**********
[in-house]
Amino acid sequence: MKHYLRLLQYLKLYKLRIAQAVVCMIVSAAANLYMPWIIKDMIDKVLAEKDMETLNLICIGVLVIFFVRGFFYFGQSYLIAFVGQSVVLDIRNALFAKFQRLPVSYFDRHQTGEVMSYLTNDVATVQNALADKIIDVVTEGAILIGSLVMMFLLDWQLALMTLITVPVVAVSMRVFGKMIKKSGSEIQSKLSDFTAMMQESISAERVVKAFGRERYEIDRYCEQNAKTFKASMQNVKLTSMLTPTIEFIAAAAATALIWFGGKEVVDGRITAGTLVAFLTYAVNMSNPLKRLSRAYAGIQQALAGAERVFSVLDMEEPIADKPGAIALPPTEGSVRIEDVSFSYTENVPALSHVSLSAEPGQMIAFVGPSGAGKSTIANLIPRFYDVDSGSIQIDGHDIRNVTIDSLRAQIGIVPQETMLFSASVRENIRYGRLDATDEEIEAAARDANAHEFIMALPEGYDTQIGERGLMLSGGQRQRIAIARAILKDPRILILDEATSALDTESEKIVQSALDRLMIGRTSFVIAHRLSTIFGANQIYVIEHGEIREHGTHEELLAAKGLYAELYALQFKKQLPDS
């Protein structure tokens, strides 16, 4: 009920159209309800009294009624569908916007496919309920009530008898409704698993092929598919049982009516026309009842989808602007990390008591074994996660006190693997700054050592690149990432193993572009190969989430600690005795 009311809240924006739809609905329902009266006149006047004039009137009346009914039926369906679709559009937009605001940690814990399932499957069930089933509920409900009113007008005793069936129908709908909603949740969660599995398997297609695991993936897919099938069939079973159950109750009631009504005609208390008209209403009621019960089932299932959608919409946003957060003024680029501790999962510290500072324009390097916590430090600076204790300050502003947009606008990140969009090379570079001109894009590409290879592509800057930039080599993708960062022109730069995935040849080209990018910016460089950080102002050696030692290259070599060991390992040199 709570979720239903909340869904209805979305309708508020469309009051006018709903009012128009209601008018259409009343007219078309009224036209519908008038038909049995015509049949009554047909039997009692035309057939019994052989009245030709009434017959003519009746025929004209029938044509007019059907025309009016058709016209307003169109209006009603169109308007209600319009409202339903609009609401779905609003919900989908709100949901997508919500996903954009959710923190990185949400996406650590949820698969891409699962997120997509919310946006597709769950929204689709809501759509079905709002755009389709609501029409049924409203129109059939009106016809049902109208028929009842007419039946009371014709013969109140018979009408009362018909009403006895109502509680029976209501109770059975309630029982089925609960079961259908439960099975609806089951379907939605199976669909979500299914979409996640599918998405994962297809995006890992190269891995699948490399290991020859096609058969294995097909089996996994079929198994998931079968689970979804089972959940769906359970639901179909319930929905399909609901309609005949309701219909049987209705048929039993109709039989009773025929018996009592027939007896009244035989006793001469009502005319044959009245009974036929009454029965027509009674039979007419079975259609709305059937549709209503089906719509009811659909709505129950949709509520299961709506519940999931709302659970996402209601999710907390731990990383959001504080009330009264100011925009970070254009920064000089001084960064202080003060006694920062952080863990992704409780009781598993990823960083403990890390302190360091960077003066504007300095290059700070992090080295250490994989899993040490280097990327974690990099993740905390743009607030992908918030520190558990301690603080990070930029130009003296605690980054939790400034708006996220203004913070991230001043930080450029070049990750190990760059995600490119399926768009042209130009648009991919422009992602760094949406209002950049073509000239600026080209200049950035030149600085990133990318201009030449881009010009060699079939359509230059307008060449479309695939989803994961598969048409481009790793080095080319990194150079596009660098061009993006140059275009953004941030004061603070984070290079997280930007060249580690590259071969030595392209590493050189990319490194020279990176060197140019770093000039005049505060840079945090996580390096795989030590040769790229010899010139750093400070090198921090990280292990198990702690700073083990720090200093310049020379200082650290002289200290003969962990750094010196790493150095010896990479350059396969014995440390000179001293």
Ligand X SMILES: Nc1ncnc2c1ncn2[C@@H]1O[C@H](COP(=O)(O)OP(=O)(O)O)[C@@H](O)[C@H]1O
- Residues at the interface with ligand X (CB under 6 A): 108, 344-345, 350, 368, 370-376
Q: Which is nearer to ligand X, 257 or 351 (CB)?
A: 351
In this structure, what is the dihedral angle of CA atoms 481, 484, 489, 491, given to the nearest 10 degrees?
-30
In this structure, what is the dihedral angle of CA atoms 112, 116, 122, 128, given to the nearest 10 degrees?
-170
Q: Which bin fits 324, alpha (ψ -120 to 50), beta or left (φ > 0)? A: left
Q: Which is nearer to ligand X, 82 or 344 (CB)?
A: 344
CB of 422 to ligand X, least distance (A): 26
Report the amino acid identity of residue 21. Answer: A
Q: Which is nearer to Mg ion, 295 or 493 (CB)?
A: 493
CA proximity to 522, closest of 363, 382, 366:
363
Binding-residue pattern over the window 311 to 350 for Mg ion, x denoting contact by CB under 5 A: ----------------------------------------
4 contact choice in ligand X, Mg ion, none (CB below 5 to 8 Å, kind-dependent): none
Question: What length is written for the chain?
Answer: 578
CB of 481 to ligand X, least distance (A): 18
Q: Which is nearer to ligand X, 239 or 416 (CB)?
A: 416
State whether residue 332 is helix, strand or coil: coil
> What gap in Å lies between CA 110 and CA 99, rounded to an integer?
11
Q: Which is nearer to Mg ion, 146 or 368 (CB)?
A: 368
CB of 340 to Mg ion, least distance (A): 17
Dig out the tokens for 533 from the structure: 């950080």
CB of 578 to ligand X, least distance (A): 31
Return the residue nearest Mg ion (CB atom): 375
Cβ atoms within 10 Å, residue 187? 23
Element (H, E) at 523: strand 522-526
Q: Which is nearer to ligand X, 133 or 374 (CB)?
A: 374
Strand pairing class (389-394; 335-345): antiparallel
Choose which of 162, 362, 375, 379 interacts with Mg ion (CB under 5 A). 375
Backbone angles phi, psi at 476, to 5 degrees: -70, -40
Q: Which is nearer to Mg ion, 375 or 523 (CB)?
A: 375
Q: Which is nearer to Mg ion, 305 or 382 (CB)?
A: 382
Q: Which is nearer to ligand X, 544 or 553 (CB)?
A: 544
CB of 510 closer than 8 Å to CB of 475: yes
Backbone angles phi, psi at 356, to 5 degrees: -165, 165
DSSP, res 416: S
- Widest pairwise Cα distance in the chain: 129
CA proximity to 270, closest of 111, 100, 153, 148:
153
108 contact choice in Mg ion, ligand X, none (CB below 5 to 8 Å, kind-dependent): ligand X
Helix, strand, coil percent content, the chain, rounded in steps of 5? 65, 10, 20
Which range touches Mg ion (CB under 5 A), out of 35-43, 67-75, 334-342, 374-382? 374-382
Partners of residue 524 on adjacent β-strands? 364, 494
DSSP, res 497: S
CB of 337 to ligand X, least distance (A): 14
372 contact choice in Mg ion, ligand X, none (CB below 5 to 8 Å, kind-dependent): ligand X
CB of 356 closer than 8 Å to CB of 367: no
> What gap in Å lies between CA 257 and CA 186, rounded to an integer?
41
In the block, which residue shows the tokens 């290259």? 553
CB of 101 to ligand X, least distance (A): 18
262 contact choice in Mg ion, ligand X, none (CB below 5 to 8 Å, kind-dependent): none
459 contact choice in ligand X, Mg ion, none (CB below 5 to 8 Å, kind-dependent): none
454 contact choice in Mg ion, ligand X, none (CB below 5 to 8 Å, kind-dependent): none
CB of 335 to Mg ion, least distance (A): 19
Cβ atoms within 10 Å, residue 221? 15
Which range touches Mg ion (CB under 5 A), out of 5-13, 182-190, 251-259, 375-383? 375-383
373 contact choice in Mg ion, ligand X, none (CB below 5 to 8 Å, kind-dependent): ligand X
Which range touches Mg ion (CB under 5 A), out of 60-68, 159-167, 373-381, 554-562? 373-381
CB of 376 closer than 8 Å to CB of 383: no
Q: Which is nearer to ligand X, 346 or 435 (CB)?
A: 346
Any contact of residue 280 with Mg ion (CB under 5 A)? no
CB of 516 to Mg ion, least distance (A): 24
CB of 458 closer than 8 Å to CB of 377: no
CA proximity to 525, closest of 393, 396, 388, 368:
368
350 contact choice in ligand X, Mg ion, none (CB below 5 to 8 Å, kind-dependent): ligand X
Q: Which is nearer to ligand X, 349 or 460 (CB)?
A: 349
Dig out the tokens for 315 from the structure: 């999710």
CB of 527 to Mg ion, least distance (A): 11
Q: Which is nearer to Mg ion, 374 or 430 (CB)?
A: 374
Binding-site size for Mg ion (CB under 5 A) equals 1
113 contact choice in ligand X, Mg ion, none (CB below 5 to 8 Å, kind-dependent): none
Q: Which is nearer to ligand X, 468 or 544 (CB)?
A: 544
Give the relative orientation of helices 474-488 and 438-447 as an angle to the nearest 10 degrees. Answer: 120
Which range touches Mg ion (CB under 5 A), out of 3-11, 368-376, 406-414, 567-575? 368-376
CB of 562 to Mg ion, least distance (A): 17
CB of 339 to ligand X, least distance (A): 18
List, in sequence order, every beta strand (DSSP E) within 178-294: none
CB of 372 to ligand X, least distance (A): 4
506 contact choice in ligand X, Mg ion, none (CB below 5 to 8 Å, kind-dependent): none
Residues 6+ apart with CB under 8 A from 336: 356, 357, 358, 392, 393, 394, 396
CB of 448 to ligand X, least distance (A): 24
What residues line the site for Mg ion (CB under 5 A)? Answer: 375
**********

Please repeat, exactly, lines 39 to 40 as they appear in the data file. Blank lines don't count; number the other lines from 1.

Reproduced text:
Q: Which is nearer to ligand X, 133 or 374 (CB)?
A: 374